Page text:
In recent years, aldehyde oxidase (AO) has continued to grow as an important enzyme in drug metabolism. Herein, we have focused primarily on the inhibition kinetics of AO and also developing tools to better understand AO and its role in human biochemistry and drug metabolism. In the first study, we used a set of small molecule inhibitors to explore the impact of inhibitor structure on mode of inhibition. The results indicated that the mode of inhibition varied greatly with the choice of inhibitor, ranging from mostly uncompetitive to completely competitive Implications for mechanism of inhibition and potential drug-drug interactions in humans is discussed. In the second study, we looked at the impact that the substrate had on measuring inhibition profiles. When comparing one substrate, phthalazine, with another, N-[(2-dimethylamino)ethyl]acridine-4-carboxamide (DACA), we saw a dramatic difference in inhibition mode. In every case, for a given inhibitor the measured mode of inhibition was much more competitive with DACA as the probe substrate. This translated to DDI prediction that varied based on the substrate that was used. Finally, we also developed and employed a trypsin digest and subsequent liquid chromatography tandem mass spectrometry analysis to determine absolute abundance of AO in human liver cytosol. We discussed the future impact of this method for the development of drug metabolism models and understanding the biochemical role of this enzyme.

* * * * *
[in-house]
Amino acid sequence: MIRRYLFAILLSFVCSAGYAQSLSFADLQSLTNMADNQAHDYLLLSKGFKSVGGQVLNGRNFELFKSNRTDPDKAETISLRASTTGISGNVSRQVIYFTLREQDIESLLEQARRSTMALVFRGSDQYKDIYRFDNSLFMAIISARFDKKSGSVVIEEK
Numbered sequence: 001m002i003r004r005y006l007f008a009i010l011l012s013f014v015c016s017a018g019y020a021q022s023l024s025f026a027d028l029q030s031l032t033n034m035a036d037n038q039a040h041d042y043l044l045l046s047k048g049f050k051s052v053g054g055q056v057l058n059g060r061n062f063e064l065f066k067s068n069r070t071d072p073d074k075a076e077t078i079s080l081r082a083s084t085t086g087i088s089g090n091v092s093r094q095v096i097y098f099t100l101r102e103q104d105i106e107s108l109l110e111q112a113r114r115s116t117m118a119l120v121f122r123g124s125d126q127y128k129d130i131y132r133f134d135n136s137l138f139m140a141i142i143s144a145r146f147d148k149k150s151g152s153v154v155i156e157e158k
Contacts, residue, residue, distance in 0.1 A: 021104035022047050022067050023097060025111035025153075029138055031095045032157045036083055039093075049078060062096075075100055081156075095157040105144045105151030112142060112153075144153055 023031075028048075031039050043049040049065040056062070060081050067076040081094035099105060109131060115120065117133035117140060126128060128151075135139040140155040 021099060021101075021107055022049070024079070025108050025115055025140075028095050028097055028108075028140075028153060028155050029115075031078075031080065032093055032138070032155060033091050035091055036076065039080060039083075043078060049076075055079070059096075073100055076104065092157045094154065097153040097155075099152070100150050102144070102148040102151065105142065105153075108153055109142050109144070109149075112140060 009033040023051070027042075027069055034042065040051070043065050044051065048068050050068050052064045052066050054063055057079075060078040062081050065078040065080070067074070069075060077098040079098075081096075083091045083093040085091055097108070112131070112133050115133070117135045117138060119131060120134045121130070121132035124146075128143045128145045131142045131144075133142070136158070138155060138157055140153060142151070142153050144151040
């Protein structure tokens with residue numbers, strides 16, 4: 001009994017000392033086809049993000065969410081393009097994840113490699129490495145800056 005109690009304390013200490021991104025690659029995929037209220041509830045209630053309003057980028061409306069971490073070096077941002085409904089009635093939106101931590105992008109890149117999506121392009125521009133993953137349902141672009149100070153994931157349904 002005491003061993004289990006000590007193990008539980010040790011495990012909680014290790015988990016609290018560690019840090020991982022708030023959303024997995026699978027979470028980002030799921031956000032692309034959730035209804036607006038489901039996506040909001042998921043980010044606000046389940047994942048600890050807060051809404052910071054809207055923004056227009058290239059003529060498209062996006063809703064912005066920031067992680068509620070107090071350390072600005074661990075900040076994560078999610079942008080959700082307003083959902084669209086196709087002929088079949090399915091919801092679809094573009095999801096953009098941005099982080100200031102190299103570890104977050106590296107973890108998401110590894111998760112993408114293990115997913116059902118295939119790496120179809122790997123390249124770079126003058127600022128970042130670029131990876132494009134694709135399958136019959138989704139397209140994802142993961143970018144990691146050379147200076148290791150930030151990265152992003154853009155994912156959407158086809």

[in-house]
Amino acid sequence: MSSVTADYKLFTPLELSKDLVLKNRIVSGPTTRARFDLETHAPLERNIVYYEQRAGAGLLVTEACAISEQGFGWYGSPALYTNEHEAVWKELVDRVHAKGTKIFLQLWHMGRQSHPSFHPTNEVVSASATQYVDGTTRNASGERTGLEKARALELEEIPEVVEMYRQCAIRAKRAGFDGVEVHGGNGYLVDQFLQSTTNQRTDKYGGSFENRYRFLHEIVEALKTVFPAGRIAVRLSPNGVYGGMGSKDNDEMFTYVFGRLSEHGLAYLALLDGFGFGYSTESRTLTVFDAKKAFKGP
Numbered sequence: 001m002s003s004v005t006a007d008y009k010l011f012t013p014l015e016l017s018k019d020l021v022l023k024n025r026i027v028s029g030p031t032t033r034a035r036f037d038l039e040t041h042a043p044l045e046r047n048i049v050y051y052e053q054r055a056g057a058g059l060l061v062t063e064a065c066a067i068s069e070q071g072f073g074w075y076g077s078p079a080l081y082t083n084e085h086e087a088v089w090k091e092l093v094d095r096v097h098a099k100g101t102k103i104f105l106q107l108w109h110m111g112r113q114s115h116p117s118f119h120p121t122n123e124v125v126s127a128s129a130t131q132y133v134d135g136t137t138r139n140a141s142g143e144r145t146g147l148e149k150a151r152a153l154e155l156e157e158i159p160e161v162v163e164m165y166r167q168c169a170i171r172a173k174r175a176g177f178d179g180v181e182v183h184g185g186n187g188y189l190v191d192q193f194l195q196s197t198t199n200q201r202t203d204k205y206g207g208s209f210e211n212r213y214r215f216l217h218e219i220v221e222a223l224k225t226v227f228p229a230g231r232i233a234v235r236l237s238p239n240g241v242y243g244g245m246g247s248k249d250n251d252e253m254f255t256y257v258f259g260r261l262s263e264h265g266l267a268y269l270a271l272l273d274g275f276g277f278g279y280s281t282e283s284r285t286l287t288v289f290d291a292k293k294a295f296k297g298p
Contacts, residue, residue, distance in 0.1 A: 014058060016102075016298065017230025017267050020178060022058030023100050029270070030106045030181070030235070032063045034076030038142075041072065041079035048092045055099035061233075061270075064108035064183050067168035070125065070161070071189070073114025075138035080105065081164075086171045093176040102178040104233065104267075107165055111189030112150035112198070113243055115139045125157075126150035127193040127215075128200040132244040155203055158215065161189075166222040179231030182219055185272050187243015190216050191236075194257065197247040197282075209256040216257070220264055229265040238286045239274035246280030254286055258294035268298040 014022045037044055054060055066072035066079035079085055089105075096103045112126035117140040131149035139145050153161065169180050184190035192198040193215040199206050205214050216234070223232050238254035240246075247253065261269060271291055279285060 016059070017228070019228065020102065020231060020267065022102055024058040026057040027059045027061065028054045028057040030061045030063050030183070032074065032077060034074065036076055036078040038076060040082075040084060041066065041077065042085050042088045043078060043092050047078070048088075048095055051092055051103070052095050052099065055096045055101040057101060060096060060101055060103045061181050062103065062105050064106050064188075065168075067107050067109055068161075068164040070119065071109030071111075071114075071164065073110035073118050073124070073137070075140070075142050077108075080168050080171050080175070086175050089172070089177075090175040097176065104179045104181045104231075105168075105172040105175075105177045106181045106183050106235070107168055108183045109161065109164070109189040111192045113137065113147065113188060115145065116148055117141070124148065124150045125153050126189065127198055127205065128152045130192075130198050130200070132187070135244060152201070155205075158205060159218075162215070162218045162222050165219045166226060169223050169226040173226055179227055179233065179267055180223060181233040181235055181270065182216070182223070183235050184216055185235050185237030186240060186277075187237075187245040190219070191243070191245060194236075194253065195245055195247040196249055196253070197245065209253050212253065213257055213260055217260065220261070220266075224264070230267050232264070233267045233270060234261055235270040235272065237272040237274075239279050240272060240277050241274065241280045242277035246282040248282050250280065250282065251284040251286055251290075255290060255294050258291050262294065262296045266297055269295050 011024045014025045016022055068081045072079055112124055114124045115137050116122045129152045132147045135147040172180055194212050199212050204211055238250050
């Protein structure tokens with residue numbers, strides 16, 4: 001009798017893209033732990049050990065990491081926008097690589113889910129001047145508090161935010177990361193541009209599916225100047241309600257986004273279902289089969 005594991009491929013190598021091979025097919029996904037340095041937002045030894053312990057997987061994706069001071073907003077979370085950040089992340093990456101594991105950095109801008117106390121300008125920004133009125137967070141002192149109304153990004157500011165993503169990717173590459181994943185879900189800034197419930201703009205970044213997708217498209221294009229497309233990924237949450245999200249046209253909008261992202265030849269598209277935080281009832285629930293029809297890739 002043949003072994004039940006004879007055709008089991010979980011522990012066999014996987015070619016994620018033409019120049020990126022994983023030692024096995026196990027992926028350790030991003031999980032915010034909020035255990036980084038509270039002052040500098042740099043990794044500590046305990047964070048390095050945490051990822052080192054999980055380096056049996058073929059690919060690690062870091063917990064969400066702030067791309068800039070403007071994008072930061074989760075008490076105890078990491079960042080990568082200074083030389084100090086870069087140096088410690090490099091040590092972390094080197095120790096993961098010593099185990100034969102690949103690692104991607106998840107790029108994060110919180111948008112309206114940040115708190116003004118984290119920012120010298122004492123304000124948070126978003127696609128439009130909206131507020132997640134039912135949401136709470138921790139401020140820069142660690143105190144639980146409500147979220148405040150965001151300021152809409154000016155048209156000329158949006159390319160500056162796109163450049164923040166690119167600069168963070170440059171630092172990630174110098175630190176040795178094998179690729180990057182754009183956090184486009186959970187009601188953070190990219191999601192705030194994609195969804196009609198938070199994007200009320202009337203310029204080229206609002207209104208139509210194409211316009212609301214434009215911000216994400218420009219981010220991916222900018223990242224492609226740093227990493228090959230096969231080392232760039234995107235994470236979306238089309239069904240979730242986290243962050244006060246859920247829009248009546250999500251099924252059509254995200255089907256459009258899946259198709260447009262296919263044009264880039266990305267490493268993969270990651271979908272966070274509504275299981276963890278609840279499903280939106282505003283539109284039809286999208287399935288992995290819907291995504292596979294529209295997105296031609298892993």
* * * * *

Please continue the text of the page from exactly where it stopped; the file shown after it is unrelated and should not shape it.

|Advisor:||Jones, Jeffrey P.|
|Commitee:||Berkman, Clifford, Gloss, Lisa, Kang, ChulHee|
|School:||Washington State University|
|School Location:||United States -- Washington|
|Source:||DAI-B 75/05(E), Dissertation Abstracts International|
|Subjects:||Pharmacology, Organic chemistry|
|Keywords:||Aldehyde oxidase, Drug metabolism, Drug-drug interactions|
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